Coitus Interruptus: Sex, Bram Stoker, and Dracula
Readers of Dracula have been assured repeatedly that the novel is all about sex. Indeed, every sexual practice, fantasy and fear imaginable has been thrust upon its pages: rape (including gang rape), aggressive female sexuality, fellatio, homoeroticism, incest, bestiality, necrophilia, pedophilia, and sexually transmitted disease. Words have been twisted to yield new meanings, passages have been examined out of context, and gaps in the text have been declared intentional omissions. Furthermore, critics comb every aspect of Stoker’s life looking for evidence for their particular brand of psychosexual analysis, sometimes even inventing “facts” to support flimsy theories. The preponderance of such readings of Dracula demands re-assessment. While it would be folly to deny any erotic content in a novel about biting and sucking, the incessant pursuit of this path has led us down the slippery slope of revisionist biography and reductive textual nit-picking. Such readings may be a product of the late twentieth century’s voyeuristic obsession with sexuality, coupled with a determination to project (sometimes in condescending fashion) its own self-proclaimed sophisticated and liberated views onto a Victorian text - and its author.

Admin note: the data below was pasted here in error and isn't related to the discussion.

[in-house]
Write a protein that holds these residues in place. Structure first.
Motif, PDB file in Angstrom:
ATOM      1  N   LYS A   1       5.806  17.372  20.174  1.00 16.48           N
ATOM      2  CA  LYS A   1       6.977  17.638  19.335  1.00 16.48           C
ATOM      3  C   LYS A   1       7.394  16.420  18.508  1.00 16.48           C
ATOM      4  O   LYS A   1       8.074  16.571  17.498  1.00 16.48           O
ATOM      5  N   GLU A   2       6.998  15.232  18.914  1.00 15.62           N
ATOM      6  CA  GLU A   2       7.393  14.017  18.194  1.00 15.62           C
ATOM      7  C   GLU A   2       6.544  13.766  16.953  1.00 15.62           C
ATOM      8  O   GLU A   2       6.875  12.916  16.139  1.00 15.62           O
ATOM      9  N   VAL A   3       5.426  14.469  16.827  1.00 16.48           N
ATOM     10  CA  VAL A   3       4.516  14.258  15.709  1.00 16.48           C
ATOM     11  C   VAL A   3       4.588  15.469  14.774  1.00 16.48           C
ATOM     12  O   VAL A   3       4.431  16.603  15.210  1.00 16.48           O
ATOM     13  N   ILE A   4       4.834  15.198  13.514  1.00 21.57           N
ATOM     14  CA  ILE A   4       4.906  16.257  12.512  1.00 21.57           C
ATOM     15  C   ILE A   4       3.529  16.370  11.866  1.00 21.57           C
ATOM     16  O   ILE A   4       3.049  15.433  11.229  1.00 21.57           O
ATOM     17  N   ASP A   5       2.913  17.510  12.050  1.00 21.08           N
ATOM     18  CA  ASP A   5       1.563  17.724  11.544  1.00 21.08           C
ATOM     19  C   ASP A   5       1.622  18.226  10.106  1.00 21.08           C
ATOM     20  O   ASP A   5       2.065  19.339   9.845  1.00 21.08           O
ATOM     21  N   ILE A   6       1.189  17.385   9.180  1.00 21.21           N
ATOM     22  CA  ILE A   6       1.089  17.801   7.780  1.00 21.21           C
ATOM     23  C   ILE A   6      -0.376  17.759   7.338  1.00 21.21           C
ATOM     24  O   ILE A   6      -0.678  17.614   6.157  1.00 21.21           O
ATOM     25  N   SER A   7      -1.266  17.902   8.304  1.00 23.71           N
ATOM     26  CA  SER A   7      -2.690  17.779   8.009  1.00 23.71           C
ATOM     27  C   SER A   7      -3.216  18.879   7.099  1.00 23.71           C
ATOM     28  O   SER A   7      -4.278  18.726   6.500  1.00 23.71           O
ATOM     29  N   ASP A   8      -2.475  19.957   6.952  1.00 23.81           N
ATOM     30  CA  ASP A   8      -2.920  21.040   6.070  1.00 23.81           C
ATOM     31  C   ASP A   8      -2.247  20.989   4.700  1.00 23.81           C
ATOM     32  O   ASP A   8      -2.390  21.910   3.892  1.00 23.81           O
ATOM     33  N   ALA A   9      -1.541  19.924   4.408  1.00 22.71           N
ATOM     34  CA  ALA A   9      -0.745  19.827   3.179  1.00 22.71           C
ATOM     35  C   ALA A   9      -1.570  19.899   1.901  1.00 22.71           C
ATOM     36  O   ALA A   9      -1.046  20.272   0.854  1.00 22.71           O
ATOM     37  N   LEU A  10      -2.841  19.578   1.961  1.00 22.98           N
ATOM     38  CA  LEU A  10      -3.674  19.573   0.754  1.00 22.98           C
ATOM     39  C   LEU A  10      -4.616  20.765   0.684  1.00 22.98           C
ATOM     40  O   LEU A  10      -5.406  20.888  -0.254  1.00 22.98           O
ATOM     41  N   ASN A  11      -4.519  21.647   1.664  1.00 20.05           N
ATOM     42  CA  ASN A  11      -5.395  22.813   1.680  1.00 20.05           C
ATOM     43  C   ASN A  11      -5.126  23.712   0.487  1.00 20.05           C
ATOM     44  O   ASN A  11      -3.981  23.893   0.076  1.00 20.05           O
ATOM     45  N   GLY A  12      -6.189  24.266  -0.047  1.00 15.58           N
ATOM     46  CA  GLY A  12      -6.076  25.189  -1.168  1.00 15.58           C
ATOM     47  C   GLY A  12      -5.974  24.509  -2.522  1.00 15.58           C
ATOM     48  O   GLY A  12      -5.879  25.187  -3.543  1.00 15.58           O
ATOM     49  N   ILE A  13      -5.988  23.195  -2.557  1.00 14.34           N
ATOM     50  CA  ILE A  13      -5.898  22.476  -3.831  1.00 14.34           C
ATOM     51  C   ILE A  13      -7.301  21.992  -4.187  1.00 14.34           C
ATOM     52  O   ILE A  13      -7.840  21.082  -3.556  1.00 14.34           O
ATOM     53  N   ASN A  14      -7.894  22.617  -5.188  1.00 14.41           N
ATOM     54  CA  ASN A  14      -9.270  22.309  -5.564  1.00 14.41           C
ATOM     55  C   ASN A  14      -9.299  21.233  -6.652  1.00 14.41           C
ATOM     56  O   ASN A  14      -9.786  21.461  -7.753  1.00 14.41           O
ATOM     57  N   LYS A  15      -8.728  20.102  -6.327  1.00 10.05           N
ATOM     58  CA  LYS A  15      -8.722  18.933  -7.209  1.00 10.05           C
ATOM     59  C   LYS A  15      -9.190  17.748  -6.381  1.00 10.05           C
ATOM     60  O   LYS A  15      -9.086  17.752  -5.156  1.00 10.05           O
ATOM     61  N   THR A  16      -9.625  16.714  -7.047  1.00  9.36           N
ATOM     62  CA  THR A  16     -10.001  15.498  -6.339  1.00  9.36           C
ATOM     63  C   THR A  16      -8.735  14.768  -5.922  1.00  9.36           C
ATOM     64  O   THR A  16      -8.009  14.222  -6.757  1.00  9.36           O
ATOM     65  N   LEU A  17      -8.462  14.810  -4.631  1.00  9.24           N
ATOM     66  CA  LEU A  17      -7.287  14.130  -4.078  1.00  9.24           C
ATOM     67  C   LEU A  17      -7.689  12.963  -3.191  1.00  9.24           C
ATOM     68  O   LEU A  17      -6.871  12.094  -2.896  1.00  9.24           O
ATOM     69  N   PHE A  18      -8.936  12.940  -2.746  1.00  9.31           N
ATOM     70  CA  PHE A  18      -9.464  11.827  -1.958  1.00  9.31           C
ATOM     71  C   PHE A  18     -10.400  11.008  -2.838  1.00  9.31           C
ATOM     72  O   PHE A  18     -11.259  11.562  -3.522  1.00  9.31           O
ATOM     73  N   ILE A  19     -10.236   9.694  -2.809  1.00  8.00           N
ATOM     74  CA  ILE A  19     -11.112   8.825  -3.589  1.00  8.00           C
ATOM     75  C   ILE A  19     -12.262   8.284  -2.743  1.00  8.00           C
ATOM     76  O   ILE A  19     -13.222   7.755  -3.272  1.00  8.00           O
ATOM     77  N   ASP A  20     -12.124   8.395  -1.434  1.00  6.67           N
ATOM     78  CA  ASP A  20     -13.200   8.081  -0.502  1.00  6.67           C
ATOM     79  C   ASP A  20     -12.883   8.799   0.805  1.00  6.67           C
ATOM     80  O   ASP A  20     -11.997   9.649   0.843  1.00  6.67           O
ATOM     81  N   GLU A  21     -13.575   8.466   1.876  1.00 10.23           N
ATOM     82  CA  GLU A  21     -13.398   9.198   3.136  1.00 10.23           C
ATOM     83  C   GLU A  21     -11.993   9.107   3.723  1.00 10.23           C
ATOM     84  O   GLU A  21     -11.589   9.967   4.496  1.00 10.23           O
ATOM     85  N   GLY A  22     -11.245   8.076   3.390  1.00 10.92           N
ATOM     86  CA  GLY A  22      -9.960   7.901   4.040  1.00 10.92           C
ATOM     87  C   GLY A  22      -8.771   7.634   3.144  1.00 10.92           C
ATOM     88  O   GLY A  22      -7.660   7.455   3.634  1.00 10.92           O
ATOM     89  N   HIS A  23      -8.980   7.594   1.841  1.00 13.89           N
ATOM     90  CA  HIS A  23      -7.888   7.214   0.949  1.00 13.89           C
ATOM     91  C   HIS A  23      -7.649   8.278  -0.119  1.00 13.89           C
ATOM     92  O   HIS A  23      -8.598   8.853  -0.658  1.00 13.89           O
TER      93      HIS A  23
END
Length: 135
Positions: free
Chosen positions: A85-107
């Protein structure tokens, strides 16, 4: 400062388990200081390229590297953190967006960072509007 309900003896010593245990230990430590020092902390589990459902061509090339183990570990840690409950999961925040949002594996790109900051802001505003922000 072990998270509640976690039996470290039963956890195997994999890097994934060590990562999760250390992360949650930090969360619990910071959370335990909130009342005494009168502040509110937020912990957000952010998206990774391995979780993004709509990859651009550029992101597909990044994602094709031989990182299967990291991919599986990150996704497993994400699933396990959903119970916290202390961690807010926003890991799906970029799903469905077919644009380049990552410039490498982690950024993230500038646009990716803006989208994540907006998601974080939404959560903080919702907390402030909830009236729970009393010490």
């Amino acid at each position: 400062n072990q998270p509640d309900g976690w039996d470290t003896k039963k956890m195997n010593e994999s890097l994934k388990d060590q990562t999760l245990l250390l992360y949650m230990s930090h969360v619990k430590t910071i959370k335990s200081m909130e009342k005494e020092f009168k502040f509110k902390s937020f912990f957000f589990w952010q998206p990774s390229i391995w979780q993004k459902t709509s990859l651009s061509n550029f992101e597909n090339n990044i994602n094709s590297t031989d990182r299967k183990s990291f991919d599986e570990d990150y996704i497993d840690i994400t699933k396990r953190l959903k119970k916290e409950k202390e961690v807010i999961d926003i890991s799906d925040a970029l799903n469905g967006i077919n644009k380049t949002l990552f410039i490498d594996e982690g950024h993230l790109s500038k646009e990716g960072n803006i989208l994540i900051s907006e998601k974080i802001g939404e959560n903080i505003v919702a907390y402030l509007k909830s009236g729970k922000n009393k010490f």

Copyright © Elizabeth Miller, 2006